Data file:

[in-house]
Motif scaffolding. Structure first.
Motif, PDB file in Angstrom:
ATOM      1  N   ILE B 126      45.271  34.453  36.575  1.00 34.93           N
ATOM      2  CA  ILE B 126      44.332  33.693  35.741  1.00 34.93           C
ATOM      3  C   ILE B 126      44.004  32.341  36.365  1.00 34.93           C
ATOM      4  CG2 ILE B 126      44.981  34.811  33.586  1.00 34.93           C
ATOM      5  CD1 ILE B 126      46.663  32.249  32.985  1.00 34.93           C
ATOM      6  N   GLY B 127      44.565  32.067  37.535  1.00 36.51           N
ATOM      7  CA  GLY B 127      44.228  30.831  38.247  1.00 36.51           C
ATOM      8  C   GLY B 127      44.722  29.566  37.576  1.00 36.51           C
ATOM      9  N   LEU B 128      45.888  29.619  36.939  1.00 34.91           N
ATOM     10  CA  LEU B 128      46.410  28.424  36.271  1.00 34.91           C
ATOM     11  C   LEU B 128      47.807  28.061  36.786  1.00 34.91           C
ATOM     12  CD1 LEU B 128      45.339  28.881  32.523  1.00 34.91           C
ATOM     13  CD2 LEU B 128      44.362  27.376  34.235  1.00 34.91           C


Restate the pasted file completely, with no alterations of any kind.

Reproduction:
[in-house]
Motif scaffolding. Structure first.
Motif, PDB file in Angstrom:
ATOM      1  N   ILE B 126      45.271  34.453  36.575  1.00 34.93           N
ATOM      2  CA  ILE B 126      44.332  33.693  35.741  1.00 34.93           C
ATOM      3  C   ILE B 126      44.004  32.341  36.365  1.00 34.93           C
ATOM      4  CG2 ILE B 126      44.981  34.811  33.586  1.00 34.93           C
ATOM      5  CD1 ILE B 126      46.663  32.249  32.985  1.00 34.93           C
ATOM      6  N   GLY B 127      44.565  32.067  37.535  1.00 36.51           N
ATOM      7  CA  GLY B 127      44.228  30.831  38.247  1.00 36.51           C
ATOM      8  C   GLY B 127      44.722  29.566  37.576  1.00 36.51           C
ATOM      9  N   LEU B 128      45.888  29.619  36.939  1.00 34.91           N
ATOM     10  CA  LEU B 128      46.410  28.424  36.271  1.00 34.91           C
ATOM     11  C   LEU B 128      47.807  28.061  36.786  1.00 34.91           C
ATOM     12  CD1 LEU B 128      45.339  28.881  32.523  1.00 34.91           C
ATOM     13  CD2 LEU B 128      44.362  27.376  34.235  1.00 34.91           C